Surface-response functions obtained from equilibrium electron-density profiles
Surface-response functions are one of the most promising routes for bridging the gap between fully quantum-mechanical calculations and phenomenological models in quantum nanoplasmonics. Among all currently available recipes for obtaining such response functions, the use of ab initio methods remains one of the most conspicuous trends, wherein the surface-response functions are retrieved via the metal's non-equilibrium response to an external time-dependent perturbation. Here, we present a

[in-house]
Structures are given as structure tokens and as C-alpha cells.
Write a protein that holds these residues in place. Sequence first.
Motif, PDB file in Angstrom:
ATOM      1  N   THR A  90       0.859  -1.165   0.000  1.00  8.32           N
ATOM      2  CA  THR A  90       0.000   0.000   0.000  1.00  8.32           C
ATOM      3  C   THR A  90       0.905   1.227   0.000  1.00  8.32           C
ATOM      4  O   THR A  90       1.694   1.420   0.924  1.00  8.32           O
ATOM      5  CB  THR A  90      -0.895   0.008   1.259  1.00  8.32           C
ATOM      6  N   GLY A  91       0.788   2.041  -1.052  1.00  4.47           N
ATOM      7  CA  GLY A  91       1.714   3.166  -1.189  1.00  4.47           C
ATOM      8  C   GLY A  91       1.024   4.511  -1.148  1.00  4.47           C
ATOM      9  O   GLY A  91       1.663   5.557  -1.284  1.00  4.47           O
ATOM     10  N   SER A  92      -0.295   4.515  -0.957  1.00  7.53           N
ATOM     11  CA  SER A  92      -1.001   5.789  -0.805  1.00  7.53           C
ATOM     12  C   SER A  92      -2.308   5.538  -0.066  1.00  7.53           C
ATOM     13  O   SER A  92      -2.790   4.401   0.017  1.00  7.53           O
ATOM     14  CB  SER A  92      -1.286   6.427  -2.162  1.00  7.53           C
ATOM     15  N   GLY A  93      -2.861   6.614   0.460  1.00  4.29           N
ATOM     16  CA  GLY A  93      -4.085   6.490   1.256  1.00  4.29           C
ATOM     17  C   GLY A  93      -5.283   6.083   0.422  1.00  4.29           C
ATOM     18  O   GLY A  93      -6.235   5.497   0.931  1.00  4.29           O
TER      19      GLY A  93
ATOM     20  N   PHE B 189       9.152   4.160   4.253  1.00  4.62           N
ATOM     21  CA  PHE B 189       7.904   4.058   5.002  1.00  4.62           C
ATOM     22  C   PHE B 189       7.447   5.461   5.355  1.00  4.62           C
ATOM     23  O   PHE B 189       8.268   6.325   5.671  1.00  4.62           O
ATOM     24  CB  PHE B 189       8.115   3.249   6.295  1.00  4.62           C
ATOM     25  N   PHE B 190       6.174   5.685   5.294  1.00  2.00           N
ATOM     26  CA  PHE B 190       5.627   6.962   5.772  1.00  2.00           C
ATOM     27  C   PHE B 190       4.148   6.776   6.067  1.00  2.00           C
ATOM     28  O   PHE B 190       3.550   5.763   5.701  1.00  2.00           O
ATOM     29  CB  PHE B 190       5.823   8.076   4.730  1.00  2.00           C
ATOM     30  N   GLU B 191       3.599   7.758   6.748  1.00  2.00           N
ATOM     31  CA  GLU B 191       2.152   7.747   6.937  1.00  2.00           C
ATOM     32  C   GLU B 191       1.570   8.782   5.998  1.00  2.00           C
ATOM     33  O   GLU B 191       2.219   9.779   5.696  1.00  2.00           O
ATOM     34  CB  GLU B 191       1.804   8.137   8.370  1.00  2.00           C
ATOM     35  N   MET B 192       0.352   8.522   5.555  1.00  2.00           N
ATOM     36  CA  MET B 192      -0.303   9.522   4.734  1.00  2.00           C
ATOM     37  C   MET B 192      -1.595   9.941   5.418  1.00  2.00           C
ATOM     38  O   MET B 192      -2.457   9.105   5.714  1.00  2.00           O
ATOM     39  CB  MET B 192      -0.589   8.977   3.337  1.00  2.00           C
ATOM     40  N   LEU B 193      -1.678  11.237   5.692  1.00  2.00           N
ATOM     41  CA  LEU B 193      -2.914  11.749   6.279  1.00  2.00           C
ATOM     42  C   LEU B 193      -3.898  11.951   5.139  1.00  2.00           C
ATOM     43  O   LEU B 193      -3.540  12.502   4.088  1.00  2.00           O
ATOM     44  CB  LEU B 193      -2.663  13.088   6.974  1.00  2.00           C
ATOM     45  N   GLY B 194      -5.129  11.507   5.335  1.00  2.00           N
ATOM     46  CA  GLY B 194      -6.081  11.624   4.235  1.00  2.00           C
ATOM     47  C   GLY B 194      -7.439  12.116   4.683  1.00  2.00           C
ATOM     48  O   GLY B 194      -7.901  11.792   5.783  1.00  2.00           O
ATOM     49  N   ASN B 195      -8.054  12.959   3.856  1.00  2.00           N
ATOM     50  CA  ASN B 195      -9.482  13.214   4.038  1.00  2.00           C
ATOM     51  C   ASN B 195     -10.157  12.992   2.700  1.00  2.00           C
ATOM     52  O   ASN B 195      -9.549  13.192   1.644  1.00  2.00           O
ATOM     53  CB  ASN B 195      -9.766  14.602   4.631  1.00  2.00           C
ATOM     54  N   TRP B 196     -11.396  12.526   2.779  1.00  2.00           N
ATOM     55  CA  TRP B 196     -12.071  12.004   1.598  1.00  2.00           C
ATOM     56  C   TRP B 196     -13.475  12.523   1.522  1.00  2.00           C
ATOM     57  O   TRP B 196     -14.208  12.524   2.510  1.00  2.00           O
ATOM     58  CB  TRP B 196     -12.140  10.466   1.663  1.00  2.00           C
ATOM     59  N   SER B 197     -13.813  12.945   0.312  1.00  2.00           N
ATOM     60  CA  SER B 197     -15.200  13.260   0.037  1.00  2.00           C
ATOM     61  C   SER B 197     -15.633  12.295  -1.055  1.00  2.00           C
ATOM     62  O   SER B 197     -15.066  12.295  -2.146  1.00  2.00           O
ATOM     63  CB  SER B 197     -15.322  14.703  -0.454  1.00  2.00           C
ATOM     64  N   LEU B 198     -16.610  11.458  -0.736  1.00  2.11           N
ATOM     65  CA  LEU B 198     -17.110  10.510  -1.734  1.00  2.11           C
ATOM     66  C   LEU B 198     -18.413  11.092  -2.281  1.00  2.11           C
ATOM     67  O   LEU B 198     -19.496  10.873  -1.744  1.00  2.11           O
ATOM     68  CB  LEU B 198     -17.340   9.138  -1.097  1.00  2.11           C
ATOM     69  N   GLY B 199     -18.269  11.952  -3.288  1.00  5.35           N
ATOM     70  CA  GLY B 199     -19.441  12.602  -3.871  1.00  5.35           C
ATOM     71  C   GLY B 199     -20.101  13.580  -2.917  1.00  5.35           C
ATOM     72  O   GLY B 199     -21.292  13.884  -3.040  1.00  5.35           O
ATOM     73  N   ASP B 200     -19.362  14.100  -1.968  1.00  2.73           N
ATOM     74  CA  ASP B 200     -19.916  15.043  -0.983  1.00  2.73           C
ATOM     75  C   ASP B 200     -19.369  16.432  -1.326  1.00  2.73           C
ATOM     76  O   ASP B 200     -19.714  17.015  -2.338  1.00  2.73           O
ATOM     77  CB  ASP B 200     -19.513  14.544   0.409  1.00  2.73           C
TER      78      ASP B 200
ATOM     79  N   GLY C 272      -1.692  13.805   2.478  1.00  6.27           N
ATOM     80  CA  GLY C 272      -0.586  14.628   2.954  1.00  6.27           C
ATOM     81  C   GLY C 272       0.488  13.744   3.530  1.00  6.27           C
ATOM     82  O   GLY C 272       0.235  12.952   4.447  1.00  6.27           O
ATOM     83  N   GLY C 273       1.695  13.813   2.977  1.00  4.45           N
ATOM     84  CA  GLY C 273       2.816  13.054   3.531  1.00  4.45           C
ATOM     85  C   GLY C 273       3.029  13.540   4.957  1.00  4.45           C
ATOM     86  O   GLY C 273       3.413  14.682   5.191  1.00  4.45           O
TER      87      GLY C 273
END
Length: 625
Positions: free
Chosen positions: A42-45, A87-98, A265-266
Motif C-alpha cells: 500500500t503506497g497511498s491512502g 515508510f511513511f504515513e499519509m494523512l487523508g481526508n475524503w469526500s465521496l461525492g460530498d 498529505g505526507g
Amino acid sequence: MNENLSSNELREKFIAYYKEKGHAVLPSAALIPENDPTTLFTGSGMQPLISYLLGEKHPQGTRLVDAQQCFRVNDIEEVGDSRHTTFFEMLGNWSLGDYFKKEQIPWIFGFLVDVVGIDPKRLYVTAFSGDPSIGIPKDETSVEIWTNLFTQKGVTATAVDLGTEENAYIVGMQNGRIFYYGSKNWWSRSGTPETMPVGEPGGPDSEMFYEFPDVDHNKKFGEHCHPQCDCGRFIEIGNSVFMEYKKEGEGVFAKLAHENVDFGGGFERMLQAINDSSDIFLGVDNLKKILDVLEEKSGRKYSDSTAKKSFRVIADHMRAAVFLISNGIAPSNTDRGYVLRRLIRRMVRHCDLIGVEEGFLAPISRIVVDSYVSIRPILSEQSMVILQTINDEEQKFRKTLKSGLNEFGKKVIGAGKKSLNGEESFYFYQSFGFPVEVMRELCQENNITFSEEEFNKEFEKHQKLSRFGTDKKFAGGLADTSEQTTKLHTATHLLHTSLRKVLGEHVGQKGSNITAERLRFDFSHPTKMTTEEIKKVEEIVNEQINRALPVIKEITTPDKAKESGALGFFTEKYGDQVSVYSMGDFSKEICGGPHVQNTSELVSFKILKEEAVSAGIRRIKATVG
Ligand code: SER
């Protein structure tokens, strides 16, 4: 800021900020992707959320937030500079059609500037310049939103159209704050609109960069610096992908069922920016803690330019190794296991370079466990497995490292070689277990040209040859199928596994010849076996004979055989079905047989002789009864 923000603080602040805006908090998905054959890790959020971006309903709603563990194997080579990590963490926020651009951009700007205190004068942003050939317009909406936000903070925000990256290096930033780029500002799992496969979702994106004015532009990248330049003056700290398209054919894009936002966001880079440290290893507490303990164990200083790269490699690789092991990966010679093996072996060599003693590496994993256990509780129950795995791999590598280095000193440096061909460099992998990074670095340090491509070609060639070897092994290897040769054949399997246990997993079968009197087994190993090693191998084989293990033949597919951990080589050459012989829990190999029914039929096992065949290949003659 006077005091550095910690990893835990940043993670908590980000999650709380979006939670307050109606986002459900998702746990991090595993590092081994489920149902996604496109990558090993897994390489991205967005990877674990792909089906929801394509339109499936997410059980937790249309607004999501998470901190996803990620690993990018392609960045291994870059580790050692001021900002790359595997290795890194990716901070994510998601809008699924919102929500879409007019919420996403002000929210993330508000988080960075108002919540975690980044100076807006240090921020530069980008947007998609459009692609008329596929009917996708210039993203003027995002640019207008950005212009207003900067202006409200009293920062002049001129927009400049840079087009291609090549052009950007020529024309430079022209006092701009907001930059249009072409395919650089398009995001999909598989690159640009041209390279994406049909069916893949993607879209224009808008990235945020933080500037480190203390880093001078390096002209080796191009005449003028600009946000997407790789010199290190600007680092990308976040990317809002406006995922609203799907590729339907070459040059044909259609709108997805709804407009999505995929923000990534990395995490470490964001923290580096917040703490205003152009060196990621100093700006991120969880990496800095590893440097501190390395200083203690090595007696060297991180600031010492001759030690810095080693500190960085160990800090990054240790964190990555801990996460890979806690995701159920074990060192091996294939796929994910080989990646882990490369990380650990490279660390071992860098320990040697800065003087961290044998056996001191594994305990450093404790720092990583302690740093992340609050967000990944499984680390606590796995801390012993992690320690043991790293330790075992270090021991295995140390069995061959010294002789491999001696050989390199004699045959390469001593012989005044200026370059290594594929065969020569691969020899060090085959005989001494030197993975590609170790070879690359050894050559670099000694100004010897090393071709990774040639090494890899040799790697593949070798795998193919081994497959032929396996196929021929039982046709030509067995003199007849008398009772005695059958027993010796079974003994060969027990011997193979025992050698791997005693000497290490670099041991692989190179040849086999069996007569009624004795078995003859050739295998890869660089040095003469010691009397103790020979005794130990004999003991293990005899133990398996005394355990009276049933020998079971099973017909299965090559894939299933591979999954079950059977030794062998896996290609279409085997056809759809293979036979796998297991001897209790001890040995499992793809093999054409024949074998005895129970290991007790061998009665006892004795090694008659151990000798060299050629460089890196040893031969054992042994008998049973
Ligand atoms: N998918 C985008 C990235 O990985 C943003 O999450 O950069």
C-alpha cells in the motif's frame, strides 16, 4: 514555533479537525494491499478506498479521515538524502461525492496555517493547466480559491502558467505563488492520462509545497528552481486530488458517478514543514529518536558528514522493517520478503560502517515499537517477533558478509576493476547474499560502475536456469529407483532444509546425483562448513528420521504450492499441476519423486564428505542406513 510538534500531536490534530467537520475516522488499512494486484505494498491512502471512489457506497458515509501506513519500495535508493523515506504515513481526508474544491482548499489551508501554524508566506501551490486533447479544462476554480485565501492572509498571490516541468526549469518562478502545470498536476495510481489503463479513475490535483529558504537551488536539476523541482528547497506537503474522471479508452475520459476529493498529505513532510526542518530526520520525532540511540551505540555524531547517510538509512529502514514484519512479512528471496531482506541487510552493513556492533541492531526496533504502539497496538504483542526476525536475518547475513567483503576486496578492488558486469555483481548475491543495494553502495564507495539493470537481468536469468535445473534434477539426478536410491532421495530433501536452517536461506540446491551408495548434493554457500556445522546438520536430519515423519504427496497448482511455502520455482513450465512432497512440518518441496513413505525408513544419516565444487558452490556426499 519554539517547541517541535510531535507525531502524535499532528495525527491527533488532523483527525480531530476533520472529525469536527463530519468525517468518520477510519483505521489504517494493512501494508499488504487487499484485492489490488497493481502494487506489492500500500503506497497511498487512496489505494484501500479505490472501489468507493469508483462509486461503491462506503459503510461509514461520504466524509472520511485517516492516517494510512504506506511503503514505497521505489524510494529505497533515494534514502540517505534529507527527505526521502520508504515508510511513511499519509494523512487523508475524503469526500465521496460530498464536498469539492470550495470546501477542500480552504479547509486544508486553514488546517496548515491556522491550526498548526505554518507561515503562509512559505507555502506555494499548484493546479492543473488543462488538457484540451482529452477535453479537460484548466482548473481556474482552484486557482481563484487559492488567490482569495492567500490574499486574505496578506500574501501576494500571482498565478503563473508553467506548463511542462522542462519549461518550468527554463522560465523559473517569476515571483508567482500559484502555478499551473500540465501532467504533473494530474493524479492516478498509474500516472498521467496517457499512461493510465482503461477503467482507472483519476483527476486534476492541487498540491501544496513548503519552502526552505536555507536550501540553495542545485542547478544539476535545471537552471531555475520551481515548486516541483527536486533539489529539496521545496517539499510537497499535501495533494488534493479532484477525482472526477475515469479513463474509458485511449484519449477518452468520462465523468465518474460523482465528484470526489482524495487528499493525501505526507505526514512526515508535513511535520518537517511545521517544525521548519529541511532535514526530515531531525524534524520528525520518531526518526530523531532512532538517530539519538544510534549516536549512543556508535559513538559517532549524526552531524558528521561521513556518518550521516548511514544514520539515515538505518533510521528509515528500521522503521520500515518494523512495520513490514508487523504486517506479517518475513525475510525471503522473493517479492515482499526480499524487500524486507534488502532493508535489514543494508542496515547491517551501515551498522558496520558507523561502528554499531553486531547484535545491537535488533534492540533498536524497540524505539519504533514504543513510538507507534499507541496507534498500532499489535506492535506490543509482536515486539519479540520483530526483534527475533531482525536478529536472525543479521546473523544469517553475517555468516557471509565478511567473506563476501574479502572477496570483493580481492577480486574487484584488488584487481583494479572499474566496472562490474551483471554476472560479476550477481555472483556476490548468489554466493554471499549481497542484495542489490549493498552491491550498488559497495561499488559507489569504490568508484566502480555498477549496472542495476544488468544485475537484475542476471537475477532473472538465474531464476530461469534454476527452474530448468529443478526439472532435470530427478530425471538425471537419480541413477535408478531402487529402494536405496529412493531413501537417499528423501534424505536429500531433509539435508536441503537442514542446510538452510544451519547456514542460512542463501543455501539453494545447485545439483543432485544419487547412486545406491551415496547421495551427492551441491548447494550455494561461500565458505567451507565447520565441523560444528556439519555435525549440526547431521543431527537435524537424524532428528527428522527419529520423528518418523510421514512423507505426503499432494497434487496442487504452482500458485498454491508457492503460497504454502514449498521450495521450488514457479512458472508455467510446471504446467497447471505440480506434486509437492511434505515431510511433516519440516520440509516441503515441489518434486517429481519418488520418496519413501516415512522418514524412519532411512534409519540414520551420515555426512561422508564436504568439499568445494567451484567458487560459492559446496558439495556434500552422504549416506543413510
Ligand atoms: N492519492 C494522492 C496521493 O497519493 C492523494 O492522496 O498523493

... entary approach to approximate one of the most appealing surface-response functions, namely the Feibelman d-parameters, yield a finite contribution even when they are calculated solely with the equilibrium properties of the metal, described under the local-response approximation (LRA) but with a spatially varying equilibrium electron density, as input. Using model calculations that mimic both spill-in and spill-out of the equilibrium electron density, we show that the obtained d-parameters are in qualitative agreement with more elaborate, but also more computationally demanding, ab initio methods. The analytical work presented here illustrates how microscopic surface-response functions can emerge out of entirely local electrodynamic considerations.